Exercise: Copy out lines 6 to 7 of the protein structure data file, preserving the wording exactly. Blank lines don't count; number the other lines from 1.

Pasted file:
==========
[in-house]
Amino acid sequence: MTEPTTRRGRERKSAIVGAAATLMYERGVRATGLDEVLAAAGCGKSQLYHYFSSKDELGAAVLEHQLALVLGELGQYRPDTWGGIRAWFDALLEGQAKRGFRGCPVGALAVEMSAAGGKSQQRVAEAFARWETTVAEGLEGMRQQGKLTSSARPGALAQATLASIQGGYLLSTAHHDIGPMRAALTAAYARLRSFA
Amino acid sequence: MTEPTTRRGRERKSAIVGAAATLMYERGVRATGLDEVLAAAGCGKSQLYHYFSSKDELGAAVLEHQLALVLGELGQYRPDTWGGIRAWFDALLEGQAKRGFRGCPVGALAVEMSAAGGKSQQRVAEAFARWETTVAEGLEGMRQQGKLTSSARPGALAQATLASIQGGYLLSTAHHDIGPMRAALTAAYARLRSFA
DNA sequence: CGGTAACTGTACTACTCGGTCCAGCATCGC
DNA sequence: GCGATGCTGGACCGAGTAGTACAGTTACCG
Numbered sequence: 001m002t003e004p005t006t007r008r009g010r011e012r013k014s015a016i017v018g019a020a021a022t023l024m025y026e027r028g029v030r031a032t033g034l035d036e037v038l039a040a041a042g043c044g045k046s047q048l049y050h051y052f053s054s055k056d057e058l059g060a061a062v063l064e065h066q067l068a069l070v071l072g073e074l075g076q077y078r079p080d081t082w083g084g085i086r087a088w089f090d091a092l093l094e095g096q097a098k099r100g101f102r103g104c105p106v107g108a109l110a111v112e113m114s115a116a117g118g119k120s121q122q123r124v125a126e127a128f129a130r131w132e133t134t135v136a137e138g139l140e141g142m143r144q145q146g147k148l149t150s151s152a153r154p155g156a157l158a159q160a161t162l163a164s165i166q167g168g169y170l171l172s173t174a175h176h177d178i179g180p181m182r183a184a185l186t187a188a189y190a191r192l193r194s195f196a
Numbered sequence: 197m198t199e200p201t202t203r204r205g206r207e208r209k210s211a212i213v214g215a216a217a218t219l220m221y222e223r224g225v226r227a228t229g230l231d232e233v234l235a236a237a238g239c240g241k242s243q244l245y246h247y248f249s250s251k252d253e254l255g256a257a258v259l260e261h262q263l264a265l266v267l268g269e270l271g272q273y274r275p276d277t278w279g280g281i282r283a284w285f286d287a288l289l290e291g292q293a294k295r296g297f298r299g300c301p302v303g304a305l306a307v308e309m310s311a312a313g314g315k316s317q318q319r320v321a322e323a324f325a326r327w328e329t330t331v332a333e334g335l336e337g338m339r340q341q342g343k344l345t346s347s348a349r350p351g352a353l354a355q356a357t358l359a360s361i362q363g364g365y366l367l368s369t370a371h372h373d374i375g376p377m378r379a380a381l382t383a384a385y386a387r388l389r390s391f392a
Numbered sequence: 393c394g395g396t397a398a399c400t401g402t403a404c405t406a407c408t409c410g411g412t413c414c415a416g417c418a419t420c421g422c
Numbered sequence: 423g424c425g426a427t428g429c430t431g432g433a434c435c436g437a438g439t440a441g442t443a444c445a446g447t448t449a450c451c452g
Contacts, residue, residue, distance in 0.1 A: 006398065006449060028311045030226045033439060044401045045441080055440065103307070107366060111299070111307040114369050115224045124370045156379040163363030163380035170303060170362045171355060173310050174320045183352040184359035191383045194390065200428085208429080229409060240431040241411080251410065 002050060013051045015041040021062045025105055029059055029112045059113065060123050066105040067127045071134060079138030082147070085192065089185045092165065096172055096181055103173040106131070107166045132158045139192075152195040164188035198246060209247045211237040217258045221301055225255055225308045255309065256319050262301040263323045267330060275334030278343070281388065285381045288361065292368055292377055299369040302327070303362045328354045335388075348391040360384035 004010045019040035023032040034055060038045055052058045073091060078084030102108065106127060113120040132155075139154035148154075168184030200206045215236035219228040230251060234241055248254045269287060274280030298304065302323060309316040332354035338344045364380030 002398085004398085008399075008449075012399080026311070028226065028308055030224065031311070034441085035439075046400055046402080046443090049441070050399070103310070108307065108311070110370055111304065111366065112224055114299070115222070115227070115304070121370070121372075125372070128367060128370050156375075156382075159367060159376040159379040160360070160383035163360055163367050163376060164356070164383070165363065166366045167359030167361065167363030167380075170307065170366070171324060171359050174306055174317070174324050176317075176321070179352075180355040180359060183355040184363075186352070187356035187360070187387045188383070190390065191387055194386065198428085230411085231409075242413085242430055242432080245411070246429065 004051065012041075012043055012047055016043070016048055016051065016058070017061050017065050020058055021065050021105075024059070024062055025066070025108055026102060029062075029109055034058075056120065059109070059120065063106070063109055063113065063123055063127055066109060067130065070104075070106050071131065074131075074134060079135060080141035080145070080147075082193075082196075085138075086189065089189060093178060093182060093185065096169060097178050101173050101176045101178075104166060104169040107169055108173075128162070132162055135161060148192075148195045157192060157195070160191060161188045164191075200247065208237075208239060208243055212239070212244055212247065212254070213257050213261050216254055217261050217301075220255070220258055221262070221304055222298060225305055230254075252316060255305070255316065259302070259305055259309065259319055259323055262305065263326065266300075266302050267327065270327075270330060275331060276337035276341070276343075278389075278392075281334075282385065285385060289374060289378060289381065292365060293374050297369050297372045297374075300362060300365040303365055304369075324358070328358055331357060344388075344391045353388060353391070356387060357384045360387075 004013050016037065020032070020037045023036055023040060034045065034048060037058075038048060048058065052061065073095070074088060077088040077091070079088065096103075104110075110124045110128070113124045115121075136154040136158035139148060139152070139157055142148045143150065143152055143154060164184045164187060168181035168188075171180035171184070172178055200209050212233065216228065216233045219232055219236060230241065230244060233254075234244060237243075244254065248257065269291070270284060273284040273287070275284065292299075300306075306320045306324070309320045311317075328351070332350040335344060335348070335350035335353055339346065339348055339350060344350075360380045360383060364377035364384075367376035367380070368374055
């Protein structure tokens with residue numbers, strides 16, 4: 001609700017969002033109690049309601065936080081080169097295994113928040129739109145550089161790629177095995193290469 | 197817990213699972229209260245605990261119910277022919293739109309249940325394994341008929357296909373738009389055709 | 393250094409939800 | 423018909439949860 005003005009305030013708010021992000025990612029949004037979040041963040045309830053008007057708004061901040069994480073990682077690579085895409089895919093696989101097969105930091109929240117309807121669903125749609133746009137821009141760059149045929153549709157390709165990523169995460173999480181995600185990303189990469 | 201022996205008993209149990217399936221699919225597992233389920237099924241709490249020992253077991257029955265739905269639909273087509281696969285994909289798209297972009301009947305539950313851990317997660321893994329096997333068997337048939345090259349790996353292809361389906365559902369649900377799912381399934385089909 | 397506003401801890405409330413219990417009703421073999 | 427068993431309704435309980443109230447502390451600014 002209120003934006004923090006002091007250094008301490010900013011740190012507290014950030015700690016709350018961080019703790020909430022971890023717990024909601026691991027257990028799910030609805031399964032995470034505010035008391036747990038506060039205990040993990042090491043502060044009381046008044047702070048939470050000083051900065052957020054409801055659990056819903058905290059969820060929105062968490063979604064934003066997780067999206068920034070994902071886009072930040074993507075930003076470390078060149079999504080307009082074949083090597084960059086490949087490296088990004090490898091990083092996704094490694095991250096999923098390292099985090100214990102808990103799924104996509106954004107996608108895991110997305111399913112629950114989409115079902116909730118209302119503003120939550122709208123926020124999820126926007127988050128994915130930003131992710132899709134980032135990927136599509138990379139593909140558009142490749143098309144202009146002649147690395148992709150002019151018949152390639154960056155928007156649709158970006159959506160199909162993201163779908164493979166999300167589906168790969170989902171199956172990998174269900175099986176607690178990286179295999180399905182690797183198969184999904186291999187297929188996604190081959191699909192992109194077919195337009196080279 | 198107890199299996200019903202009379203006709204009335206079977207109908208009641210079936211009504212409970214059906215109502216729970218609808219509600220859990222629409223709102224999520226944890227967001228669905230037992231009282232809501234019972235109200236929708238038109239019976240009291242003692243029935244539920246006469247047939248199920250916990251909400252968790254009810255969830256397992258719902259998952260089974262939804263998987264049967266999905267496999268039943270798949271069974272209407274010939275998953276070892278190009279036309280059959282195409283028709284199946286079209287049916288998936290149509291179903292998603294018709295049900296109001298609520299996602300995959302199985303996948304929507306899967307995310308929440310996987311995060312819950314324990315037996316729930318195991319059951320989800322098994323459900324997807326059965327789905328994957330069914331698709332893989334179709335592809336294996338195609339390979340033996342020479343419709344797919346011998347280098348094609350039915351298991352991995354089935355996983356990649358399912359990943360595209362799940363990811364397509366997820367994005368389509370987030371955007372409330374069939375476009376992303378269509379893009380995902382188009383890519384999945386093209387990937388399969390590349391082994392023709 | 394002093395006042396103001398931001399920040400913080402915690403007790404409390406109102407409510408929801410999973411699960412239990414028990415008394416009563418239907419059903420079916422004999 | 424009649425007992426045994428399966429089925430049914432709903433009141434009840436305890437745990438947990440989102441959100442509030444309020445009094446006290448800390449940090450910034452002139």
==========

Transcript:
Numbered sequence: 001m002t003e004p005t006t007r008r009g010r011e012r013k014s015a016i017v018g019a020a021a022t023l024m025y026e027r028g029v030r031a032t033g034l035d036e037v038l039a040a041a042g043c044g045k046s047q048l049y050h051y052f053s054s055k056d057e058l059g060a061a062v063l064e065h066q067l068a069l070v071l072g073e074l075g076q077y078r079p080d081t082w083g084g085i086r087a088w089f090d091a092l093l094e095g096q097a098k099r100g101f102r103g104c105p106v107g108a109l110a111v112e113m114s115a116a117g118g119k120s121q122q123r124v125a126e127a128f129a130r131w132e133t134t135v136a137e138g139l140e141g142m143r144q145q146g147k148l149t150s151s152a153r154p155g156a157l158a159q160a161t162l163a164s165i166q167g168g169y170l171l172s173t174a175h176h177d178i179g180p181m182r183a184a185l186t187a188a189y190a191r192l193r194s195f196a
Numbered sequence: 197m198t199e200p201t202t203r204r205g206r207e208r209k210s211a212i213v214g215a216a217a218t219l220m221y222e223r224g225v226r227a228t229g230l231d232e233v234l235a236a237a238g239c240g241k242s243q244l245y246h247y248f249s250s251k252d253e254l255g256a257a258v259l260e261h262q263l264a265l266v267l268g269e270l271g272q273y274r275p276d277t278w279g280g281i282r283a284w285f286d287a288l289l290e291g292q293a294k295r296g297f298r299g300c301p302v303g304a305l306a307v308e309m310s311a312a313g314g315k316s317q318q319r320v321a322e323a324f325a326r327w328e329t330t331v332a333e334g335l336e337g338m339r340q341q342g343k344l345t346s347s348a349r350p351g352a353l354a355q356a357t358l359a360s361i362q363g364g365y366l367l368s369t370a371h372h373d374i375g376p377m378r379a380a381l382t383a384a385y386a387r388l389r390s391f392a